There were less than a handful of quintessential father-son moments: the building of my tree house, the actual building I only recall through photographs; the watching him build his alcohol-powered planes, constructed with balsa wood, tissue paper and the paint sealer called dope; the day I took my training wheels off my sweet purple bike with the banana seat and he pushed me up and down the street.

There were also the fleeting moments of forgiveness when he’d apologize to us all and say he would change, but never did. Alcoholism became the disease that justified the abuse.

Even after we left him, he did have visitation rights for a few years and those were almost as unbearable as living with him. Those visits always felt forced, as if he were doing someone he didn’t like a favor of watching us for a few hours, sometimes for the night. We had nothing to talk about, nothing to share, nothing in common.

Except for blue genes.


(The following segment is from a previous post last year titled Daddy K takes the long road home)

The road to fatherhood began abysmally for me – from abusive biological father, to abusive first step-father, to self-abusive anxiety-ridden depressive teenager (me), to self-abusive anxiety-ridden depressive young adult (again, yours truly), to self-abusive anxiety-ridden depressive angry resentful deceptive longed to be liked poor excuse for a contradictive man and husband (marriage #1), to brooding on the brink of finally mastering control of my life with a pre-Mama A saying stand up and get it together or get out.

Stand up and get it together. Get off the ground. Let go the legacy of anger and fear. Have hope. Have faith.

(No worries, I've always had a good heart, there were good times along the way, and I had good father I'll talk about in one of my next postings).

Which is why The Road by Cormac McCarthy had such a profound effect on me last year when we listened to the audio book during our Southwest trip (and I just found out it's going to be a move this year). It was one of those defining moments that filled our hearts with choice.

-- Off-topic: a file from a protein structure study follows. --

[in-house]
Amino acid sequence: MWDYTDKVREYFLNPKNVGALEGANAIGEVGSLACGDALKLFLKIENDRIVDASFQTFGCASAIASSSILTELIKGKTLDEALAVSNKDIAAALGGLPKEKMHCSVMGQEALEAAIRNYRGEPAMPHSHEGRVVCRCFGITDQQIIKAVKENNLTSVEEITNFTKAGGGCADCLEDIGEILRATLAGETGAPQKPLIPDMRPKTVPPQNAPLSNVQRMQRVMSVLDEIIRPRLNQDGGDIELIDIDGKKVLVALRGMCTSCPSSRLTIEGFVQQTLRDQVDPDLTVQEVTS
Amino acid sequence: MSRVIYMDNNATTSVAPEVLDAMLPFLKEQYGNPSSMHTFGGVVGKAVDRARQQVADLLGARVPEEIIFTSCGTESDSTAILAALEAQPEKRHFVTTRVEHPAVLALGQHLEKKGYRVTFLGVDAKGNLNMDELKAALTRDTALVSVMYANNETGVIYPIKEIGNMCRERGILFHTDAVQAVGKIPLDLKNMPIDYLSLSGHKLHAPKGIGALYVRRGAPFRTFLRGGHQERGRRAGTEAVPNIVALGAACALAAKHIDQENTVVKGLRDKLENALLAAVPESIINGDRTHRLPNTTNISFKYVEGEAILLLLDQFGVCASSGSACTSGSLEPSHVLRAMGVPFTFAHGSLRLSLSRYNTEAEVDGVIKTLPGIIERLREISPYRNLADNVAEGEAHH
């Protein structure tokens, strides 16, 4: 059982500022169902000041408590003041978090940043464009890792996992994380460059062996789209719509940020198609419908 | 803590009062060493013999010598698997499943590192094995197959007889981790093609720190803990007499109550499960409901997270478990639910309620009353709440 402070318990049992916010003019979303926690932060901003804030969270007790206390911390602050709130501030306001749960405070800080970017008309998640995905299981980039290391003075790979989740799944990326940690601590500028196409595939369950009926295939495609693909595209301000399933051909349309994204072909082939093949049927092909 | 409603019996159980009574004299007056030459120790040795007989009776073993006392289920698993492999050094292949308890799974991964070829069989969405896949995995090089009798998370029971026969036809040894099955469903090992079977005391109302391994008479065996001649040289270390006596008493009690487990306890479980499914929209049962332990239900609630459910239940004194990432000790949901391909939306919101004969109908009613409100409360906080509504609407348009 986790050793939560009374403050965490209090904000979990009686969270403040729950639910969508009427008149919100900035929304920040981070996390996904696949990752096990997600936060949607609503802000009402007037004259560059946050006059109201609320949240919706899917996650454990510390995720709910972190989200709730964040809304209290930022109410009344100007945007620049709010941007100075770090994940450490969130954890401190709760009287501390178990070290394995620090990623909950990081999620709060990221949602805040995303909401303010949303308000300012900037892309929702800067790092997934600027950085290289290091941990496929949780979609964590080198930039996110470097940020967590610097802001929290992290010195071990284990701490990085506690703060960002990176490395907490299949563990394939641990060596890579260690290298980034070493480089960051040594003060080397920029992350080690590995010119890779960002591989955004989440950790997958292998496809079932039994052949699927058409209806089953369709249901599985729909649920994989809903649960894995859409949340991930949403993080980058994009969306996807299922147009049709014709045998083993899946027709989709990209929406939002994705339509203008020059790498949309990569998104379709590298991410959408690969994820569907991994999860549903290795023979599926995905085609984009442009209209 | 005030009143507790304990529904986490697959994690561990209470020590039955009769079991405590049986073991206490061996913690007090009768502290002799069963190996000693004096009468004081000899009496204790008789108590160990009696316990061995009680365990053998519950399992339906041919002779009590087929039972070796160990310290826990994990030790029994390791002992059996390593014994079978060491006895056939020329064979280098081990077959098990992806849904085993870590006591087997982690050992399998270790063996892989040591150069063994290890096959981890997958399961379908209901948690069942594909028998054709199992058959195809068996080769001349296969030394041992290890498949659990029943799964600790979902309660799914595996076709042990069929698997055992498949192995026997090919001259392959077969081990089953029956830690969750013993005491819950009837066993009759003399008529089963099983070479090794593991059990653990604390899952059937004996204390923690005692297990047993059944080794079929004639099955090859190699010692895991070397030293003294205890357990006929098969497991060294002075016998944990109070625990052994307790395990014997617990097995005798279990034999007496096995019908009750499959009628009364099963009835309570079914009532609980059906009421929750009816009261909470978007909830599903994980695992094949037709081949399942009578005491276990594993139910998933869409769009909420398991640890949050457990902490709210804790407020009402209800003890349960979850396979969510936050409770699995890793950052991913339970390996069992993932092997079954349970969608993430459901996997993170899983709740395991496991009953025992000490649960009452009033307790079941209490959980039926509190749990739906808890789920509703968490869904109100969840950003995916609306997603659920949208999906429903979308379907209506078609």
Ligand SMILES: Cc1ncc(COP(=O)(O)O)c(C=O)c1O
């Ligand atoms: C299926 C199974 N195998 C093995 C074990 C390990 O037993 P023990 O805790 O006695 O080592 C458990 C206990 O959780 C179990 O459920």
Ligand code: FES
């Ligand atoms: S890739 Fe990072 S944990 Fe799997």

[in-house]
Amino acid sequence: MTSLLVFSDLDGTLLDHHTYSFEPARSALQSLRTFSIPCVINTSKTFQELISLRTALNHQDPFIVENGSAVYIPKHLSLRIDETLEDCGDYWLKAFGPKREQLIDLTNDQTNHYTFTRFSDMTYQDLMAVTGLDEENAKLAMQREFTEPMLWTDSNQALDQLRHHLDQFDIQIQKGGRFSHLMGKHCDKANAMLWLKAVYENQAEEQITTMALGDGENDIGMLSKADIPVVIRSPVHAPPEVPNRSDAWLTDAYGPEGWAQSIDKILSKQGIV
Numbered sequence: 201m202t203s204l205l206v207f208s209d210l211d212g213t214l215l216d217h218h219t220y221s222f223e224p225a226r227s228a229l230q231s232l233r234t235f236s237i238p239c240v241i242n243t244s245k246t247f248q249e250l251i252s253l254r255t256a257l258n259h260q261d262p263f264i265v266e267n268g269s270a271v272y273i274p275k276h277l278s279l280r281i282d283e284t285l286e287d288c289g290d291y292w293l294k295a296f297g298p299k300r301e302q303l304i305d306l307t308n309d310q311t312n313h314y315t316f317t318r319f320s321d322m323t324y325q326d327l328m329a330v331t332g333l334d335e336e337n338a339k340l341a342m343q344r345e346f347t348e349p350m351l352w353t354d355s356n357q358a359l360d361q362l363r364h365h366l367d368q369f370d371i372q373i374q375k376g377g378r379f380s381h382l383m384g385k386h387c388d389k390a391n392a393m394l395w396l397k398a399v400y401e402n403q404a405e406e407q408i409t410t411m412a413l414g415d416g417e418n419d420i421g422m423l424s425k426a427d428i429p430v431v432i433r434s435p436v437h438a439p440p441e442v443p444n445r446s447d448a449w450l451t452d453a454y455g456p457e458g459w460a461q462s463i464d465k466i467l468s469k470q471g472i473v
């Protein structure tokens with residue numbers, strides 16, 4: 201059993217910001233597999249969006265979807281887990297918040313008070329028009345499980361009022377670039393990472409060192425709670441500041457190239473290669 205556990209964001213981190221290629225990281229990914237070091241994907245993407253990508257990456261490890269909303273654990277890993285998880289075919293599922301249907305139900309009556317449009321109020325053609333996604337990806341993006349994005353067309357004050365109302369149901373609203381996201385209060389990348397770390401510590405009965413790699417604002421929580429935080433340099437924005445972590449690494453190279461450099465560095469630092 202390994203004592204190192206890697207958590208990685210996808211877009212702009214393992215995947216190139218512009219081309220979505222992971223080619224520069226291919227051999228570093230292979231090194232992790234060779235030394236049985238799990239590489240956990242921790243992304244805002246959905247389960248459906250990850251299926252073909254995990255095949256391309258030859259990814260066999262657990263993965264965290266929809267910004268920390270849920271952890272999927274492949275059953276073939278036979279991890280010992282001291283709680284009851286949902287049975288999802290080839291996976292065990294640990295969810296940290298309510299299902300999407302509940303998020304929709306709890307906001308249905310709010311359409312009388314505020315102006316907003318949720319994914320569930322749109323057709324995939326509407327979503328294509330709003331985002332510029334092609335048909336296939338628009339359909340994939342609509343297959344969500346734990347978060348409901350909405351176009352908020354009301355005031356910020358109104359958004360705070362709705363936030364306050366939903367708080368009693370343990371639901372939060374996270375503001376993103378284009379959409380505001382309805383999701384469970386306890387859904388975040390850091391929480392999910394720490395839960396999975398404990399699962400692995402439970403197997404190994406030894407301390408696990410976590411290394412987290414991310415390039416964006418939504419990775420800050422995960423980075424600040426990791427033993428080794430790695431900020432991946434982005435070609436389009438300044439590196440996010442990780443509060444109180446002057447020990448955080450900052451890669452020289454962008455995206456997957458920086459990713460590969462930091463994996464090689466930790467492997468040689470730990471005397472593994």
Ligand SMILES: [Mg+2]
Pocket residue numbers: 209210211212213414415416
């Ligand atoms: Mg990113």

WARNING - For those of you who haven't read it and plan to, do not read on because I've got a spoiler coming.

The Road is a post-apocalyptic story of a father and young son trying to survive a horrific world gone mad while traveling on a road to the coast, a road of hope. Sadly when they reach the coast and can't find any civilized civilization to speak of, hope is all but lost. The father is very ill and dies, leaving the boy alone.

Then, out of the darkness, a man offers his help to the boy. The man tells the boy he needs to come with them, because they can help him. The boy is resistant; he doesn't want to leave his dead father and he's unsure of the man's motives.

"Are you one of the good guys?" The boy asks.

"Yes, I'm one of the good guys," the man answers.

The boy takes his hand and they walk off.

Stand up and get it together. Get off the ground. Let go the legacy of anger and fear. Have hope. Have faith.

Be one of the good guys.


Three decades have gone by. A week ago I learned my birth father has lung cancer. He’s in treatment but his prognosis isn’t good.

Apathy, contrasted with my ghostly childhood memories, filled me with a contradictory sense of inaction and empathy.

It’s a surreal feeling – not really caring or motivated to do anything but understanding the shadow world you share with your father – the blue genes.

Unconditional forgiveness portends remorseful reciprocity. In other words, you have to own it and own up to it in order to find redemption and solace with those you’ve wronged.

My birth father didn’t do that with me, and although I didn’t have to do that with him, my conditional forgiveness was given.

That was enough for me to heal and live my life and finally become the father he never was.

Jesus washed the feet of his betrayers, but I will not wash the feet of my father.

He should make peace with his.

Bea may never understand why I feel this way, but if we bring her up her as well as we plan on doing, then that’s not such a bad thing after all.

Maybe tonight I'll sleep better.

Wednesday, April 1, 2009

Fixing a Hero Sandwich: Caring for Both Children and Parents

This is a Guest Post for Who’s in da DAMN House Wednesday?

I was honored when Kristy Nuttall from Where’s My Damn Answer asked me to be a guest blogger. I’ve known Kristy since high school and when we recently reconnected I was introduced to WMDA, which is high up on Google Reader list.

I was also a guest on their radio show Today’s Woman last month and the topic was on Facebook and Twitter - two of my favorites for business or pleasure! Although the host Karena, a pilates expert, and the other ladies of WMDA, started off on a kegel tangent that rocked my boat a bit.

Girls, girls, girls -- that's what it's all about for Daddy K!

Mama A, Baby Bea and Chelsea the 300-year-old cat -- I am a chick magnet (wink).

Now on to my serious post...


Two weeks ago one of my firm’s new marketing/PR verticals,, exhibited at the American Society on Aging and the National Council on Aging 2009 Annual Conference in Las Vegas, NV. Besides being in Vegas - the most fun I’ll ever have losing $20 in less than three minutes while staying up way past my bedtime of 9:00 p.m. to watch others blow thousands - the conference was very informative for me personally as well as professionally.

Read the entire post at WMDA...